Jul 19, 2022 - News

The future of Beach Drive and D.C. traffic

People ride bikes on along Beach Drive in Rock Creek Park.
People bike along Beach Drive. Photo: Katherine Frey/The Washington Post via Getty Images

The battle for Beach Drive continued last night as Washingtonians shared their thoughts at a public hearing on whether the stretch of Rock Creek Park should belong to drivers or parkgoers.

Driving the news: After closing it in April 2020, the National Park Service wants to keep the roughly four-mile stretch of Beach Drive closed to cars during the summer months, holidays, and weekends. 

  • A plan released by the Park Service earlier this month called this solution a compromise for commuters and those who visit the park for recreational purposes.
  • Before the pandemic, Beach Drive was closed on weekends and holidays.

Why it matters: Washington area residents are passionate about the short stretch of road connecting Maryland to the District. The Park Service says it received 4,100 individual comments during the previous comment period, and last night roughly 200 people attended the meeting.

Details: Before the pandemic, the road carried 5,500 to 8,000 drivers daily — that’s compared to 50,000 drivers a day on the park’s main thoroughfares, according to NPS. Assessments determined that the road closure would only create minor traffic delays and impacts.

During Beach Drive's pandemic closure, the park has seen an increase in visitors. But, more recreational access to the park could lead to the creation of more unauthorized trails, which can harm animal and plant habitats.

  • NPS officials say it's harder to make these types of trails during summer when foliage is at its thickest. That's part of the reason why the agency wants to allow cars during fall, winter, and spring, since vehicles make unauthorized areas more difficult for pedestrians to access.

What they’re saying: Ahead of yesterday’s meeting, the People’s Alliance for Rock Creek released a statement saying the summertime closure plan doesn’t go far enough. Instead, the group wants the road to be car-free year-round.  

Attendees weren't able to speak during the virtual meeting last night, but they could leave questions and comments in the chat. The majority of those who commented were in favor of closing the road year-round.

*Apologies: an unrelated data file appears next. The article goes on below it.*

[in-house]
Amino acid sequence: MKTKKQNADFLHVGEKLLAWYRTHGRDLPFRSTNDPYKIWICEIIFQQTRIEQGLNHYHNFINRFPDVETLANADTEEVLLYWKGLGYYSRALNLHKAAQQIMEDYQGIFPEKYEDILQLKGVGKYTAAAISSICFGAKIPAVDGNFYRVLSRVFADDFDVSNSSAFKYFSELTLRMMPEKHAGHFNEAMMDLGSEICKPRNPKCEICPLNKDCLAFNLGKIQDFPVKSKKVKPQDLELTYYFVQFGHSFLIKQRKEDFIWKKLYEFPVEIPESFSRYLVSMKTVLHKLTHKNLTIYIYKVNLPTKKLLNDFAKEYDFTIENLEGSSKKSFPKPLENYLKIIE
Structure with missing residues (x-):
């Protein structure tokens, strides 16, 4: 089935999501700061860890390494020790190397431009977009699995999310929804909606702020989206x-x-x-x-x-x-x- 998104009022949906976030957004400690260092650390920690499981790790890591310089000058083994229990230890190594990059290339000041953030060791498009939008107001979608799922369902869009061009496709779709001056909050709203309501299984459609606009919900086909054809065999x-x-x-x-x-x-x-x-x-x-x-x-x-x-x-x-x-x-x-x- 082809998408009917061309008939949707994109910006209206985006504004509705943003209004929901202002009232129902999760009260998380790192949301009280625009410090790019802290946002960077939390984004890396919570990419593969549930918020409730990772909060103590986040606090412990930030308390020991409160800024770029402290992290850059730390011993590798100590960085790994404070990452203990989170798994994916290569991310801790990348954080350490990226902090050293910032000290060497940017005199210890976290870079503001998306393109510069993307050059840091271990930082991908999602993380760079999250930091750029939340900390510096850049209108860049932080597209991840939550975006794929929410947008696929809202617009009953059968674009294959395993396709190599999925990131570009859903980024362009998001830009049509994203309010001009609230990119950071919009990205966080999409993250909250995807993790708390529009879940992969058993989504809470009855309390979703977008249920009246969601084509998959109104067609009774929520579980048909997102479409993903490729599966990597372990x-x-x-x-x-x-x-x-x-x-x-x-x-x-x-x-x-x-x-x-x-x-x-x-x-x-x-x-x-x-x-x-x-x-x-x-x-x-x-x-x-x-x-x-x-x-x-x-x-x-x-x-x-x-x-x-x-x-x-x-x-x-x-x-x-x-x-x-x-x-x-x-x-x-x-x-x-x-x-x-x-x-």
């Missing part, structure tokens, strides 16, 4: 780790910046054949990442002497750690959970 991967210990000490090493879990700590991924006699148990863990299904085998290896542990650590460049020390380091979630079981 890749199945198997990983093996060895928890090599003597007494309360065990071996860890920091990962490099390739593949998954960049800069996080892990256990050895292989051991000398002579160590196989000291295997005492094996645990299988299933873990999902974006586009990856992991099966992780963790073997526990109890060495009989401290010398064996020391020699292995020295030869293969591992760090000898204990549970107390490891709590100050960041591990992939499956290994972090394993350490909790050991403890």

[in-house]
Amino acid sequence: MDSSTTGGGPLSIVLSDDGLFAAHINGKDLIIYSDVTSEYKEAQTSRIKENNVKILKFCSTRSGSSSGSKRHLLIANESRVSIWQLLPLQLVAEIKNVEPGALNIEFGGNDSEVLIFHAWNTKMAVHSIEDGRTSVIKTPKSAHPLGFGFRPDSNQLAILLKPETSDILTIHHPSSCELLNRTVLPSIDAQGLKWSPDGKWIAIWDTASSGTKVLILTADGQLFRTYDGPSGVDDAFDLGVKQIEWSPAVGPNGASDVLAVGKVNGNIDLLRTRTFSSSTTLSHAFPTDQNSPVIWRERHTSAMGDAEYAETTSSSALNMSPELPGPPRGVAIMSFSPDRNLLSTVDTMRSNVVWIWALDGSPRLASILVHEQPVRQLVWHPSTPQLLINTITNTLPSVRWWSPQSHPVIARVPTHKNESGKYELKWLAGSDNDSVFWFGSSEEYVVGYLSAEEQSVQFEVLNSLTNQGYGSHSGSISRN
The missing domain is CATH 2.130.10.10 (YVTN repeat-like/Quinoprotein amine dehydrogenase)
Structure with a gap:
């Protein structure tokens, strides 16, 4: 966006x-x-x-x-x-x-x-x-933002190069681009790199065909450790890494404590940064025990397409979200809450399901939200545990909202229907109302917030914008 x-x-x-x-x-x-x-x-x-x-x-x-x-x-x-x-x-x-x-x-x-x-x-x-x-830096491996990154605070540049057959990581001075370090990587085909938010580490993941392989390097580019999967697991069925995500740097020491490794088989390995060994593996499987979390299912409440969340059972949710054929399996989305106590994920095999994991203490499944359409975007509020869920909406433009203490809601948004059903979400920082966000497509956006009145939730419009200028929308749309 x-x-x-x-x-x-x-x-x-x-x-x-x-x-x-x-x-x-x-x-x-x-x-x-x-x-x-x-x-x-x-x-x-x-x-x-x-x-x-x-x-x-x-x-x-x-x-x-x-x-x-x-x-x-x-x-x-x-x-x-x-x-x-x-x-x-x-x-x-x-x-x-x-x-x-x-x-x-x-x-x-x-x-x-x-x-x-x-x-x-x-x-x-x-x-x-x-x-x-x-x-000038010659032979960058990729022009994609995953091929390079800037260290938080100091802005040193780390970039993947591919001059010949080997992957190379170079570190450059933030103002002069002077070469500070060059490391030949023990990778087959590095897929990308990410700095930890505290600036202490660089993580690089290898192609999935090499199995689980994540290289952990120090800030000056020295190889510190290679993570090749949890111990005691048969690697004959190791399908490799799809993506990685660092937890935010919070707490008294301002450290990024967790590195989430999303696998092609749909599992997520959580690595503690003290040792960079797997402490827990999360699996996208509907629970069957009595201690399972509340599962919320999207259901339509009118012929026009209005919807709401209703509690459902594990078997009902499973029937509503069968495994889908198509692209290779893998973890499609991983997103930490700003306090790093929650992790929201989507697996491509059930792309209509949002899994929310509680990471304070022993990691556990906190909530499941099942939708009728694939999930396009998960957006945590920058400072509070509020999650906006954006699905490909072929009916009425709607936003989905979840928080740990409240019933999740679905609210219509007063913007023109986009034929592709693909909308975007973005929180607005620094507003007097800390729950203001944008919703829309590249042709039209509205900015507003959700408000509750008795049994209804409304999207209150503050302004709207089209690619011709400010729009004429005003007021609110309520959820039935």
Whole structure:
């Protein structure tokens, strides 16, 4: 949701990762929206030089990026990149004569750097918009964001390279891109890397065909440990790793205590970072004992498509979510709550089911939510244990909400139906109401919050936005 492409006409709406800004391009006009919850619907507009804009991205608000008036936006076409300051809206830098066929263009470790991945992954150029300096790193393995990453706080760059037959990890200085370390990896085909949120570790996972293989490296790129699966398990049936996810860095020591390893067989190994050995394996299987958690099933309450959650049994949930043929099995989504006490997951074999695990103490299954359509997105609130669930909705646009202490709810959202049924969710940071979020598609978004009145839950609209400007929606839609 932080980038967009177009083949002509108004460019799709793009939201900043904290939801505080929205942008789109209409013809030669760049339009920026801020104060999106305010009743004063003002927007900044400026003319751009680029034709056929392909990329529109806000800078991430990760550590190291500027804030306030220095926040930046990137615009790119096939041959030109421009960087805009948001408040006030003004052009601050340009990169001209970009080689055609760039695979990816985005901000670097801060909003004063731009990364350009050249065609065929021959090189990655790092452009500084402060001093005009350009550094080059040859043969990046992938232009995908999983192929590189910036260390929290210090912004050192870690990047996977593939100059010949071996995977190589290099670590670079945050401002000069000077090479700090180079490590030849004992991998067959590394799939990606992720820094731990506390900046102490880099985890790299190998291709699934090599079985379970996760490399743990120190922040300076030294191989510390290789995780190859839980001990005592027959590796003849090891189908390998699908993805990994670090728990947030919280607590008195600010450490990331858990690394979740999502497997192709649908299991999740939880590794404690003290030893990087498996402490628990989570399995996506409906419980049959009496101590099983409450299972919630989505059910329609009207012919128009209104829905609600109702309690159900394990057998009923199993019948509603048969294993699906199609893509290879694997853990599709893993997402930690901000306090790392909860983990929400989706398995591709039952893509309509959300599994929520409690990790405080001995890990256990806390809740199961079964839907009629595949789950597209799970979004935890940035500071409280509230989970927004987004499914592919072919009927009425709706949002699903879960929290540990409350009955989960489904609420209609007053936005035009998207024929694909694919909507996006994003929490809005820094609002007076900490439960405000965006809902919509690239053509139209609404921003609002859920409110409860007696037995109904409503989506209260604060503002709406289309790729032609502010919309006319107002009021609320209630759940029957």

Park superintendent Julia Washburn says the agency takes all comments into consideration but, "this is not a vote."

  • Flashback: The D.C. Council, the Montgomery County Council, and Del. Eleanor Holmes Norton all asked that NPS keep the area closed to traffic.

During the meeting, many commenters voiced concerns about people with disabilities being able to access the park when Beach Drive is open to cars. Others said the plan should at least be 50/50, with Beach Drive open six months of the year and closed for the remaining six. Some argued that cars have a number of alternate routes but pedestrians and cyclists do not.

  • Climate was also a concern. "It just seems to me that anyone serious about the climate crisis recognizes that we cannot continue to prioritize cars — among our greatest polluters and most dangerous to all users — above cycling and public transit," one commenter said.
  • "What is the purpose of a park? A place for commuters to pass through or a place to hike, bike, run, and enjoy?" another commenter asked.

But, some attendees were in favor of opening the road to cars, especially those who live nearby and want to avoid having commuters detour through residential side streets:

  • "I live in a community adjacent to the park and walk Beach Drive during rush hour," a commenter said. "I don't want thousands of extra cars coming through my neighborhood ... bringing pollution and endangering the children and the elderly."
  • Others argued that some members of the disability community can only access the park via car and were also in favor of keeping it open.

The Park Service made it clear that the Beach Drive closure plan could change in the future based on the needs of the park. The final decision likely won't be made until fall, as the Park Service has to first go through all public comments.

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